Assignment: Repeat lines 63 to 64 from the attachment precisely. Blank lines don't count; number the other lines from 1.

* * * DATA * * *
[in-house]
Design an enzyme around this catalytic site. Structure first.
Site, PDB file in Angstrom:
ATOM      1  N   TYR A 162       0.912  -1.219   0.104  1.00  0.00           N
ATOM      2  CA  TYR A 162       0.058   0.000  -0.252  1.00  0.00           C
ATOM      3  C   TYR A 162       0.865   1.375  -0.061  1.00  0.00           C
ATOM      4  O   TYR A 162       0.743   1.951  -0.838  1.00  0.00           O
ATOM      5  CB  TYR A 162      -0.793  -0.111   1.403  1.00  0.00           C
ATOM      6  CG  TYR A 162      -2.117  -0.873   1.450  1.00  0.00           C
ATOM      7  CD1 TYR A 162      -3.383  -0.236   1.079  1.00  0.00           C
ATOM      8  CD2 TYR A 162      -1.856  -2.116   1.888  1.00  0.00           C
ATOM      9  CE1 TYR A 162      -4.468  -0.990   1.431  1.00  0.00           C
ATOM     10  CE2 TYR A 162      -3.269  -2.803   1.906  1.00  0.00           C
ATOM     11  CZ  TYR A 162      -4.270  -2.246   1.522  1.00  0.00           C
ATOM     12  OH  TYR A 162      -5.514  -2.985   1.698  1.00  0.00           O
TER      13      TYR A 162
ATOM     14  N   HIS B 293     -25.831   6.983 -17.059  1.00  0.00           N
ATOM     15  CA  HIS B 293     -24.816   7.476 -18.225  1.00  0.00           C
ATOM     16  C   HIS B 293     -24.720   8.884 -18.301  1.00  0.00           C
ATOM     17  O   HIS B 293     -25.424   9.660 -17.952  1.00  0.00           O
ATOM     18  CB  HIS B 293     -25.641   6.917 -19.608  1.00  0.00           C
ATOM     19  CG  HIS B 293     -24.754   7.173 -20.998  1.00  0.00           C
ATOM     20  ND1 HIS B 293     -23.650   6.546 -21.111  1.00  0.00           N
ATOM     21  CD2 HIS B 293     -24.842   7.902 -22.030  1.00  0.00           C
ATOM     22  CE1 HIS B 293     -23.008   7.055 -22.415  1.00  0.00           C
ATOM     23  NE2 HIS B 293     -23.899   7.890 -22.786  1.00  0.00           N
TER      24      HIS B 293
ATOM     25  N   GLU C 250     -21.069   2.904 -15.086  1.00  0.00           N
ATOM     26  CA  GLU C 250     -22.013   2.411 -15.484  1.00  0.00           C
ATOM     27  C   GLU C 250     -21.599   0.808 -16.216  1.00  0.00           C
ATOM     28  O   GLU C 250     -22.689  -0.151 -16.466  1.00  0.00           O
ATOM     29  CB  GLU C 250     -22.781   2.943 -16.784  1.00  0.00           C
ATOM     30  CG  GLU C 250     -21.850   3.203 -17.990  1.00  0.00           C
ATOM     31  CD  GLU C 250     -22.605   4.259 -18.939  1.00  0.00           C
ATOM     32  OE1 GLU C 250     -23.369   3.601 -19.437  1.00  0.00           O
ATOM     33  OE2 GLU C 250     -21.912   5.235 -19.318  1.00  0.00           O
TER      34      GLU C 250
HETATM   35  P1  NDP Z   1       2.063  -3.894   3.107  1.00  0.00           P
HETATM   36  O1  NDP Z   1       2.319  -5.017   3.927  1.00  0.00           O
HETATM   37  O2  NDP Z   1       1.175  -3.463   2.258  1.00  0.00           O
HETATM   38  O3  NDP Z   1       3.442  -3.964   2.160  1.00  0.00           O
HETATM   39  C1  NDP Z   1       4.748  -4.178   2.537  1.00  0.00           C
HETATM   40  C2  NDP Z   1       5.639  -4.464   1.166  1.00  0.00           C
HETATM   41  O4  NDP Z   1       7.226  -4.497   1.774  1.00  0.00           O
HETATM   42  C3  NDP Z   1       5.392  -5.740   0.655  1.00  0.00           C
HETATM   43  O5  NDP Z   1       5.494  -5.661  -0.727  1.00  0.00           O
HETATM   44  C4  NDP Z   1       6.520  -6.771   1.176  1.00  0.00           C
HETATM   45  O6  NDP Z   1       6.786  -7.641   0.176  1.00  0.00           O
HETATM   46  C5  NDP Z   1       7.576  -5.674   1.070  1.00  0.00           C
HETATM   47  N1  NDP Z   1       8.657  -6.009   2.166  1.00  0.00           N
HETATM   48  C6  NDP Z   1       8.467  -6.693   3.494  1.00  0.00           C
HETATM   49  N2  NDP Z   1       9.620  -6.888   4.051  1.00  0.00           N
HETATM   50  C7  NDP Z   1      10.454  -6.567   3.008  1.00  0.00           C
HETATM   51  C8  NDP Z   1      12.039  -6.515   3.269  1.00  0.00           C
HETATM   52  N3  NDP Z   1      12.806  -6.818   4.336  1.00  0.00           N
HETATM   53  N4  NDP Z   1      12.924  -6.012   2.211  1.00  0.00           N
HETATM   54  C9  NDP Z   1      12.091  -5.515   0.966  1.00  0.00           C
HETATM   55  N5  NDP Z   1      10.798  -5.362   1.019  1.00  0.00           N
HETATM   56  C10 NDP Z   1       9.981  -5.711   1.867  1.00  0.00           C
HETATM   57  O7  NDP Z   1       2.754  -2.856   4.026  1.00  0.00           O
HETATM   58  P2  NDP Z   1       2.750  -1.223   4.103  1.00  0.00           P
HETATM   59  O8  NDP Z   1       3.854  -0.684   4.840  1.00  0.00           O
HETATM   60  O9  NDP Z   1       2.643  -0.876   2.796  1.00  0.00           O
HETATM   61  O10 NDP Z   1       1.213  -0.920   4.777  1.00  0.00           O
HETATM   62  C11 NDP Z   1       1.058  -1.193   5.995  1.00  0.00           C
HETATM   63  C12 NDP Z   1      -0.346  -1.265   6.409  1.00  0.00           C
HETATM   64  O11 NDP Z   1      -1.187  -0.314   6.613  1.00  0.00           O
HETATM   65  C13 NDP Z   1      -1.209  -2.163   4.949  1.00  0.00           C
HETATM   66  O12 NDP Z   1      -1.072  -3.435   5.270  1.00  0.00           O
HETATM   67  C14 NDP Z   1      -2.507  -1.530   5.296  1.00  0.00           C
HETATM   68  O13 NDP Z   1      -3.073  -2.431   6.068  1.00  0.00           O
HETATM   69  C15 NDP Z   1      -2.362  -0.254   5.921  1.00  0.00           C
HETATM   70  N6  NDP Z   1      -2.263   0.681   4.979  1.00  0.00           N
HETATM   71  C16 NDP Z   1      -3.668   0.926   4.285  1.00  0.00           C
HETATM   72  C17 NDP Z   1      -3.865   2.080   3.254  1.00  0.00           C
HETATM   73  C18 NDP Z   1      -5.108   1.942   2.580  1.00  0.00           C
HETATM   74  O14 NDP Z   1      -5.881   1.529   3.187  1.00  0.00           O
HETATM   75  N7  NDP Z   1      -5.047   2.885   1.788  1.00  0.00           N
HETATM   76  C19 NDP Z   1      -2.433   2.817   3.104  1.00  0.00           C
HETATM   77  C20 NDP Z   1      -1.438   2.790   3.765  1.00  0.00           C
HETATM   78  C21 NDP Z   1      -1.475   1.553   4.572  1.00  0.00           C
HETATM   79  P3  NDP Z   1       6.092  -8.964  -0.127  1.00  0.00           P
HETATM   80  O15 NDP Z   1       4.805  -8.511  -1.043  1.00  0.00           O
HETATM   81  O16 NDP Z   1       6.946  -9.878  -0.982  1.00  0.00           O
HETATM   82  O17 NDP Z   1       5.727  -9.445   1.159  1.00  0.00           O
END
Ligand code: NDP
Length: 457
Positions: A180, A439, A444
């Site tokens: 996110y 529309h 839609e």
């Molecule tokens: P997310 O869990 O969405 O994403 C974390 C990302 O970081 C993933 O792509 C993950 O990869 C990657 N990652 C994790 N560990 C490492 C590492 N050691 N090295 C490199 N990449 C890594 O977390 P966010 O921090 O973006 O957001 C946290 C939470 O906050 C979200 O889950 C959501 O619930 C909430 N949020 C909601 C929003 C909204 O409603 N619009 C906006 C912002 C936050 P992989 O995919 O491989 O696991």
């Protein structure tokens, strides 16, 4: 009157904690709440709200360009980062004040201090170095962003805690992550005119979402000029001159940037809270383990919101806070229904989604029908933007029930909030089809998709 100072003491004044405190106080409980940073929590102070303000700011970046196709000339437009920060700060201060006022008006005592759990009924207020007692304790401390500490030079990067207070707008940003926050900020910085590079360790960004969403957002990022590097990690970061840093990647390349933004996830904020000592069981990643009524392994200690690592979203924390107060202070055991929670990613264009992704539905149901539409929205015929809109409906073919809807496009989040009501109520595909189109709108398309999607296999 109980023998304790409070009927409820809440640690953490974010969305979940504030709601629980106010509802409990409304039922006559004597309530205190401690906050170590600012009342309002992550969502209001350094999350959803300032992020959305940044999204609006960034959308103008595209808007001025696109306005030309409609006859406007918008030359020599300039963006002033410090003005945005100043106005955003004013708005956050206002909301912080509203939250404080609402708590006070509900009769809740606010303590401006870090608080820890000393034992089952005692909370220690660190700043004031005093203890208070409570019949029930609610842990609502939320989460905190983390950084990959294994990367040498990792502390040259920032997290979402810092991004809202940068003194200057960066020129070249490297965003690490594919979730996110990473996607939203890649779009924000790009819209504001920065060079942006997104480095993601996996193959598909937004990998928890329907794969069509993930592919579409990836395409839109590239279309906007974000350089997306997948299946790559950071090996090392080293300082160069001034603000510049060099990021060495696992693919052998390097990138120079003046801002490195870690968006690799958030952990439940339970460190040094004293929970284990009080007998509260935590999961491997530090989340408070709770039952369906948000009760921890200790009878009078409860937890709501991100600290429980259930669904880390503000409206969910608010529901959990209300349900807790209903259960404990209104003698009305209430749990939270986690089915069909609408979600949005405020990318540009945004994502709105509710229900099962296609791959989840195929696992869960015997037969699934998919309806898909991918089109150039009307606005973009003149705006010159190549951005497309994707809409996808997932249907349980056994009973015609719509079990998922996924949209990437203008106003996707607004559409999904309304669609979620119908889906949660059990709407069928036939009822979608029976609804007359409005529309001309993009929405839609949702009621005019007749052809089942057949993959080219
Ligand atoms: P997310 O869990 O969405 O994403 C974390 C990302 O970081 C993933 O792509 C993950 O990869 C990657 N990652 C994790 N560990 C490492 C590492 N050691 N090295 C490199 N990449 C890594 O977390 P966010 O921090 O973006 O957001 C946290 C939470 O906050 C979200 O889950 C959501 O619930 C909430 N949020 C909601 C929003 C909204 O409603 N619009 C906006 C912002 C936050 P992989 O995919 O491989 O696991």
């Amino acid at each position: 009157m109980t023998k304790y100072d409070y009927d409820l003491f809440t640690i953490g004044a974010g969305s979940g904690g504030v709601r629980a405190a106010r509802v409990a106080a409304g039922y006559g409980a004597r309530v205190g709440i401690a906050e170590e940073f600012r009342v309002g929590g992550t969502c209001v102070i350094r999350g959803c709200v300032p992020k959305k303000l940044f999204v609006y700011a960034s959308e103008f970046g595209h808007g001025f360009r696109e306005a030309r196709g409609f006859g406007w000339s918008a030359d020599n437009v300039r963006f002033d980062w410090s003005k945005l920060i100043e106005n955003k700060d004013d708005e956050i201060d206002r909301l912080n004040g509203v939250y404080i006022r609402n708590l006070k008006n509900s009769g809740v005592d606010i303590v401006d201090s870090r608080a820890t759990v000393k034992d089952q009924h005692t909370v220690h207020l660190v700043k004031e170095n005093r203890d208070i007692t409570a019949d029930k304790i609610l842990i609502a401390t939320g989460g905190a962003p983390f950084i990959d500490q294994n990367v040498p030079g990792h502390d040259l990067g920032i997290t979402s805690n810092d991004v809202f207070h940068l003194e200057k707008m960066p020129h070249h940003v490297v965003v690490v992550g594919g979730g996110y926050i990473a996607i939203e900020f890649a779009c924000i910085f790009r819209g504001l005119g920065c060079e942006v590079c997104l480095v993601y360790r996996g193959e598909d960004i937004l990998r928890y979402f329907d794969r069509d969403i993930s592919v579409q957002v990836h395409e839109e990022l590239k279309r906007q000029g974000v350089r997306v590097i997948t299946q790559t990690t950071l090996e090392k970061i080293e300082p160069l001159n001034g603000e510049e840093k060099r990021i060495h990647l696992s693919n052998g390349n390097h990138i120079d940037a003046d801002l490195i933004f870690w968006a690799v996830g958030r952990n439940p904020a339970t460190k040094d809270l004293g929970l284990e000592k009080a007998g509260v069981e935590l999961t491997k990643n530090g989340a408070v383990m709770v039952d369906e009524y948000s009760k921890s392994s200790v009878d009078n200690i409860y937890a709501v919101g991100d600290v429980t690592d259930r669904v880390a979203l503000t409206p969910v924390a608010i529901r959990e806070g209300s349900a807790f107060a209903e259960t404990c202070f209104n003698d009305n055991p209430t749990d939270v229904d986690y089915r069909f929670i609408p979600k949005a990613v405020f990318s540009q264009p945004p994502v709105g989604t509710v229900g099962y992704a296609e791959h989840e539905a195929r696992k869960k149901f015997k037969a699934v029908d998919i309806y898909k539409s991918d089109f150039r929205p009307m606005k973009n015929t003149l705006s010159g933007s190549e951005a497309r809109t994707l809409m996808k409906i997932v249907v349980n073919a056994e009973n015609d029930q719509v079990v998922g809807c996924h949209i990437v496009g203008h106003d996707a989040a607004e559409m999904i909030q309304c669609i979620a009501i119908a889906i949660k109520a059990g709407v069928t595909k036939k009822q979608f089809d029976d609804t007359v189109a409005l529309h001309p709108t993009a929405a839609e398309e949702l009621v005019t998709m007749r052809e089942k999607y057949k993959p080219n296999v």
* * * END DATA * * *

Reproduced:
HETATM   60  O9  NDP Z   1       2.643  -0.876   2.796  1.00  0.00           O
HETATM   61  O10 NDP Z   1       1.213  -0.920   4.777  1.00  0.00           O